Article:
In Form Furyk Fired Up For San Francisco
WGC-Cadillac Match Play
Masters winner Jordan Spieth heads the betting for the WGC-Cadillac Match Play in San Francisco but there are some bigger priced options that make more appeal…
The second of four annual World Golf Championship events, designed to bring the best golfers from the PGA and the European Tour together, this tournament boasts prize money to rival any of the Majors. The top 64 from the world rankings will compete in 16 four-player round-robin groups over the first three days, with the winners of each group progressing to the knock-out stages.
After five years in Arizona, the tournament has moved to TPC Harding Park in San Francisco, founded in 1925 but redeveloped a decade ago and used to stage the 2005 WGC-Cadillac Championship and the 2009 Presidents Cup. Surrounded by water on three sides, it’s a relatively flat, tree-lined course, with generous fairways, forgiving rough and greens that can be on the slow side.
In The Bunker
Rory McIlroy has only finished outside the top eleven once in six outings this year and as world number one, goes into this event as top seed, but I’m still not tempted to back him at short odds. I’m not convinced that the particular demands of match-play golf suit him and although he did finish second in this tournament three years ago, he has finished outside the top sixteen in three of his last four visits. He’s landed in a relatively tough first round group and doesn’t appeal much at 10/1.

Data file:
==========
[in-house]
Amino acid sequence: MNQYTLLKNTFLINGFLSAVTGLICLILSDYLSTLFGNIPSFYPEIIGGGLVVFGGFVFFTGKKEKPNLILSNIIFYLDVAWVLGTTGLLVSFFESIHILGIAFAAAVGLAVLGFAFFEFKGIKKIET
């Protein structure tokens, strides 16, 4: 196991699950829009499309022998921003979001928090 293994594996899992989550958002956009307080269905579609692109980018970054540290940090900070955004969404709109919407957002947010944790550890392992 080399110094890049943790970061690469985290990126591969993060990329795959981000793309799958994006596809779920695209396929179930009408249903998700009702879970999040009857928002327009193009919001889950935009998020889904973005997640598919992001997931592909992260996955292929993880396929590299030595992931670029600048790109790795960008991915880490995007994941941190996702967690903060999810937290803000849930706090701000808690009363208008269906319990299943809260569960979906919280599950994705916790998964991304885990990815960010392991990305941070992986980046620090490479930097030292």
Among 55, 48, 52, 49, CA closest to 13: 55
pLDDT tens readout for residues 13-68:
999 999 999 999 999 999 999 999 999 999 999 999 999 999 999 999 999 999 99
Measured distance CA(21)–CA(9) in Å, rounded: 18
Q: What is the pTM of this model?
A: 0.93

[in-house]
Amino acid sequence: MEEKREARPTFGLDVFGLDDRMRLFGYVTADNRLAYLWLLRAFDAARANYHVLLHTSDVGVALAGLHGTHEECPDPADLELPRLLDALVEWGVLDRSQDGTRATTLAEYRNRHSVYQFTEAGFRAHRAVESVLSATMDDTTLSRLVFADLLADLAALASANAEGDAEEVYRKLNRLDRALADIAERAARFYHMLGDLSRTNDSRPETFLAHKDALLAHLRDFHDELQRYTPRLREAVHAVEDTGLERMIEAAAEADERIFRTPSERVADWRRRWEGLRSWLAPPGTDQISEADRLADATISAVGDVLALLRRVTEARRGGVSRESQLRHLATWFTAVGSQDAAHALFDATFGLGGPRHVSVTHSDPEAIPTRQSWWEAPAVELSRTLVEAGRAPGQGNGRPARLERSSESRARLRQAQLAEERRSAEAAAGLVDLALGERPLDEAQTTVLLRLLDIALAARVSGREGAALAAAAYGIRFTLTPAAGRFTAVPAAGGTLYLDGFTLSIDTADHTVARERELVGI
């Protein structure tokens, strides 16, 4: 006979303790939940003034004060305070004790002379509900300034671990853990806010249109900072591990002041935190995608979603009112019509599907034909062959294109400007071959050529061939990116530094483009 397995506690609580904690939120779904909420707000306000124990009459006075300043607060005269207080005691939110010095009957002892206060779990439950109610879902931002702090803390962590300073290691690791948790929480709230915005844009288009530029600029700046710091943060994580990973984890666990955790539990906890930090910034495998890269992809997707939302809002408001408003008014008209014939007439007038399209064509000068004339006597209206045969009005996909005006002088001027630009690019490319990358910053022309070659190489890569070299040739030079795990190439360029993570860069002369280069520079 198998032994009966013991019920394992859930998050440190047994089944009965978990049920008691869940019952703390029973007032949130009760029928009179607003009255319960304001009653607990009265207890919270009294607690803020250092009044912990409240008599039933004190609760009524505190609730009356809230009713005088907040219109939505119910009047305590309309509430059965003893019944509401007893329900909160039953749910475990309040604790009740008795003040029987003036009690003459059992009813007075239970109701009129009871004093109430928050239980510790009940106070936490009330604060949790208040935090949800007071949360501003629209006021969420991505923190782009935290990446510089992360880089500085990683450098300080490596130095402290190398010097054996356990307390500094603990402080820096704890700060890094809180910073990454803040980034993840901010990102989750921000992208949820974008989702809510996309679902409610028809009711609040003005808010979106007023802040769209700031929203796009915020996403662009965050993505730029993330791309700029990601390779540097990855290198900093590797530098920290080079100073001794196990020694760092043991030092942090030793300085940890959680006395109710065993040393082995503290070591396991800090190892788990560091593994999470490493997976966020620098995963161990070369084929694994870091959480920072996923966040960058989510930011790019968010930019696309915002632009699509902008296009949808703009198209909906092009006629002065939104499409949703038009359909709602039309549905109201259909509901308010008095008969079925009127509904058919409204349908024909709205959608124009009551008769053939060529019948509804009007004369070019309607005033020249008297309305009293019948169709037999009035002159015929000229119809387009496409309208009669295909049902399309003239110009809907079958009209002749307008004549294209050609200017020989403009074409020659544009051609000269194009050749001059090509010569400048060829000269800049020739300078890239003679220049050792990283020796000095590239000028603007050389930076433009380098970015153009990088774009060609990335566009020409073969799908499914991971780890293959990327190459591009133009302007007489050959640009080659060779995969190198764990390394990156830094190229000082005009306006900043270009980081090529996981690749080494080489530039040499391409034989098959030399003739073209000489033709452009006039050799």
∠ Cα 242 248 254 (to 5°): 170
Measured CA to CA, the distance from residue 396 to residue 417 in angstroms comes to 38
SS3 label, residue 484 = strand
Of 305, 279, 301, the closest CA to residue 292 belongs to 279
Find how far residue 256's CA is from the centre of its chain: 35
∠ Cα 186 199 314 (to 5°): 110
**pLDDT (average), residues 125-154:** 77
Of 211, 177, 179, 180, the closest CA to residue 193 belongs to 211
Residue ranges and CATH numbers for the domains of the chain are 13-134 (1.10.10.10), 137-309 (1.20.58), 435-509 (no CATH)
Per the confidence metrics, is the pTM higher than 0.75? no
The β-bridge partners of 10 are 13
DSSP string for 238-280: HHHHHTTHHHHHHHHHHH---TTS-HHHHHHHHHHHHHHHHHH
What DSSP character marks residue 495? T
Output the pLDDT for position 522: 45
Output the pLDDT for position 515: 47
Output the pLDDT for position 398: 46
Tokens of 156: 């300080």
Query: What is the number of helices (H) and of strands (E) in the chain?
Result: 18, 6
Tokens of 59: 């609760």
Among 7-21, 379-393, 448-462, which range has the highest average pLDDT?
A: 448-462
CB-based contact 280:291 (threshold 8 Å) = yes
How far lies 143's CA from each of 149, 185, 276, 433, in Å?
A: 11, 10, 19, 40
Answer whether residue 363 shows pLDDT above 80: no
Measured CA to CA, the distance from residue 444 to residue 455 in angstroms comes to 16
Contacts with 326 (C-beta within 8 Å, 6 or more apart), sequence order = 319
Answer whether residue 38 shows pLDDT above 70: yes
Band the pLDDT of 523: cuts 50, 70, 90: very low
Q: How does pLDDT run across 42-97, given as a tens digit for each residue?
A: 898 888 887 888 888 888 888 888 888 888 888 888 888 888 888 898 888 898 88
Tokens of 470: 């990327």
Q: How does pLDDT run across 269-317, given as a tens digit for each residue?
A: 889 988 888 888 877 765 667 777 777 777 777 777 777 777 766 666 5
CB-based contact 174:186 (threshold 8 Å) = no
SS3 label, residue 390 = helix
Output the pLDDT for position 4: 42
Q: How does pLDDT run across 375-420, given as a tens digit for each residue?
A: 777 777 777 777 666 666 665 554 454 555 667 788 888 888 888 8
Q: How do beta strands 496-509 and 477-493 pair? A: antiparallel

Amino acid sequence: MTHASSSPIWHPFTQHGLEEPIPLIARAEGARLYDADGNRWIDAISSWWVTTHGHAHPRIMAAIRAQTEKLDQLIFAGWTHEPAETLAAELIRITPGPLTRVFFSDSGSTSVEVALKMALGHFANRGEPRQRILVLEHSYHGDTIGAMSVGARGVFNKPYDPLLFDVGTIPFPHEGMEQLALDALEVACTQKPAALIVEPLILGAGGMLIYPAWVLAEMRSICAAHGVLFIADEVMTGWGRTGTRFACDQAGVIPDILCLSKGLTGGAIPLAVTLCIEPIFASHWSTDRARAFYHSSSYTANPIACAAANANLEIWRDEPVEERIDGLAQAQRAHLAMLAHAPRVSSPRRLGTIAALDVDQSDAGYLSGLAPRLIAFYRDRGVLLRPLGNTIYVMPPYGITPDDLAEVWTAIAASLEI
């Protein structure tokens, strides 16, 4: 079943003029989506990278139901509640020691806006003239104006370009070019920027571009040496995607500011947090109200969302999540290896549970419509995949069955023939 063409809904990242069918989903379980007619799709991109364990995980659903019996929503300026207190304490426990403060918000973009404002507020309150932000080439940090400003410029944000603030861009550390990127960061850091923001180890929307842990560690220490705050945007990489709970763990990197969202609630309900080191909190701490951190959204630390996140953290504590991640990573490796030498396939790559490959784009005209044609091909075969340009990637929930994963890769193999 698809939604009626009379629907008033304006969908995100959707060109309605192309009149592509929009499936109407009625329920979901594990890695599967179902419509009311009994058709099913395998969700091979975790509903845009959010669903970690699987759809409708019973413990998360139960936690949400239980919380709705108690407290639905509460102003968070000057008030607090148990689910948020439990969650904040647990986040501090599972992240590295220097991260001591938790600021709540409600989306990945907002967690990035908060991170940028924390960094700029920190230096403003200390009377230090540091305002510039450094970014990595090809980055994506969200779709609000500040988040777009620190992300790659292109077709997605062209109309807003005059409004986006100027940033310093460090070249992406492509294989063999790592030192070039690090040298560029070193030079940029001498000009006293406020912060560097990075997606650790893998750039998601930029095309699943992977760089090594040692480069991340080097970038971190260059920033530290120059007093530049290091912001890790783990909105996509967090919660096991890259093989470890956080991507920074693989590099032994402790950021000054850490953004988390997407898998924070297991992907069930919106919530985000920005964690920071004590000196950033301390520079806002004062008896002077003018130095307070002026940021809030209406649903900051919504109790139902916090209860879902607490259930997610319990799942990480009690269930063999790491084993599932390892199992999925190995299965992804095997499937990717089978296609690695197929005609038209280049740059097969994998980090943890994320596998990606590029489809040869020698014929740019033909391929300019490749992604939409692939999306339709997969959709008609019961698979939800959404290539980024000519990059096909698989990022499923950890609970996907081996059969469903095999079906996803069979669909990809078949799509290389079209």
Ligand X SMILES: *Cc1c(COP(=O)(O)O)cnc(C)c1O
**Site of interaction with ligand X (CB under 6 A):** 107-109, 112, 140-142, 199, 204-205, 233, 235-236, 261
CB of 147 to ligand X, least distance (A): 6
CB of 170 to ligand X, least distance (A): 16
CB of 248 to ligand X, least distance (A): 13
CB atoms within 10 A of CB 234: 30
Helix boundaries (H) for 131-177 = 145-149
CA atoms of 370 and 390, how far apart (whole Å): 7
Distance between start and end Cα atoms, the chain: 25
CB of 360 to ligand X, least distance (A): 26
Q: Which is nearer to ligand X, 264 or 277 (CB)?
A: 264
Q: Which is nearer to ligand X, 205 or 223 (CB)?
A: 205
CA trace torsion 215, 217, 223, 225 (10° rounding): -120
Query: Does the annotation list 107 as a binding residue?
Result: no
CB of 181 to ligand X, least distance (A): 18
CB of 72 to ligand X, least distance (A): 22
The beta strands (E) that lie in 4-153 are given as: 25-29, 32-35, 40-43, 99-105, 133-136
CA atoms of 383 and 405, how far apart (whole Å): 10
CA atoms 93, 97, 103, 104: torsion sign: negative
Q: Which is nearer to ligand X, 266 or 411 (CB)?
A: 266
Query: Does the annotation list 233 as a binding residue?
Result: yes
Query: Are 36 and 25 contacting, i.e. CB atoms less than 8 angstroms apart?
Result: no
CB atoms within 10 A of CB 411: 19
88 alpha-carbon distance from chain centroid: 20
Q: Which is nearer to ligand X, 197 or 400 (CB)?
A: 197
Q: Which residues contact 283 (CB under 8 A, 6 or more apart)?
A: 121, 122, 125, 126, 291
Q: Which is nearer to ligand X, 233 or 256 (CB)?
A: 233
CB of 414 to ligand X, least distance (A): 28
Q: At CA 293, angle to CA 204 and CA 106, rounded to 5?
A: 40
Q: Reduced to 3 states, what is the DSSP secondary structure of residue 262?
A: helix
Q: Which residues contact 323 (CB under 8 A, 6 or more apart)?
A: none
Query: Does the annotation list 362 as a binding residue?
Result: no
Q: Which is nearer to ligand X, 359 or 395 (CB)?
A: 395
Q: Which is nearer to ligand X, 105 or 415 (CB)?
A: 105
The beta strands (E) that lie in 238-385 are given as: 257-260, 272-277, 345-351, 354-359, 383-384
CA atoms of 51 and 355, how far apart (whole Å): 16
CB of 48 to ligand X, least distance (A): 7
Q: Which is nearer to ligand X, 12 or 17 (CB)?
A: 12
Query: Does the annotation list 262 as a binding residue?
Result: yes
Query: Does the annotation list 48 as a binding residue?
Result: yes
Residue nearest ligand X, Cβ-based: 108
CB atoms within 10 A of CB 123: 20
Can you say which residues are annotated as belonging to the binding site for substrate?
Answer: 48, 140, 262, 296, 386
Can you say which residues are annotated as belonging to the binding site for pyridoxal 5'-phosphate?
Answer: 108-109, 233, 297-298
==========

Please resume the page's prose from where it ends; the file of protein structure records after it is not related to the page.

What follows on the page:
Veteran Jim Furyk is available at 28/1 and looks an excellent bet at that price.
He has a handful of top ten finishes to his name in this event and goes into it having returned to form in spectacular fashion at Harbour Town last time out.
He’s played this course twice before, which could give him an advantage, and he’s also been given a winnable group, featuring Martin Kaymer and Thongchai Jaidee, who are both out of sorts.
At his best, Ian Poulter is a match-play banker, and although he had been enduring a slump in recent months, he ended that in fine style in the Masters, hitting consecutive rounds of 67 to finish sixth; his best ever result at Augusta. Like Furyk, he’s played this course before, and will fancy his chances of emerging victorious from a relatively weak section. At 33/1 he offers excellent value this week.
The final name to add to your shortlist is Paul Casey, who finished tied with Poulter at the Masters, a result that equalled his previous best at Augusta. He’s playing this tournament for the first time since 2011, but its worth noting that between 2007 and 2010 he bagged four consecutive top ten finishes, including three top-fives. I fancy him to get the better of the top seed in his group, Adam Scott, who has struggled in this event for a number of years and at 33/1, he looks a good bet.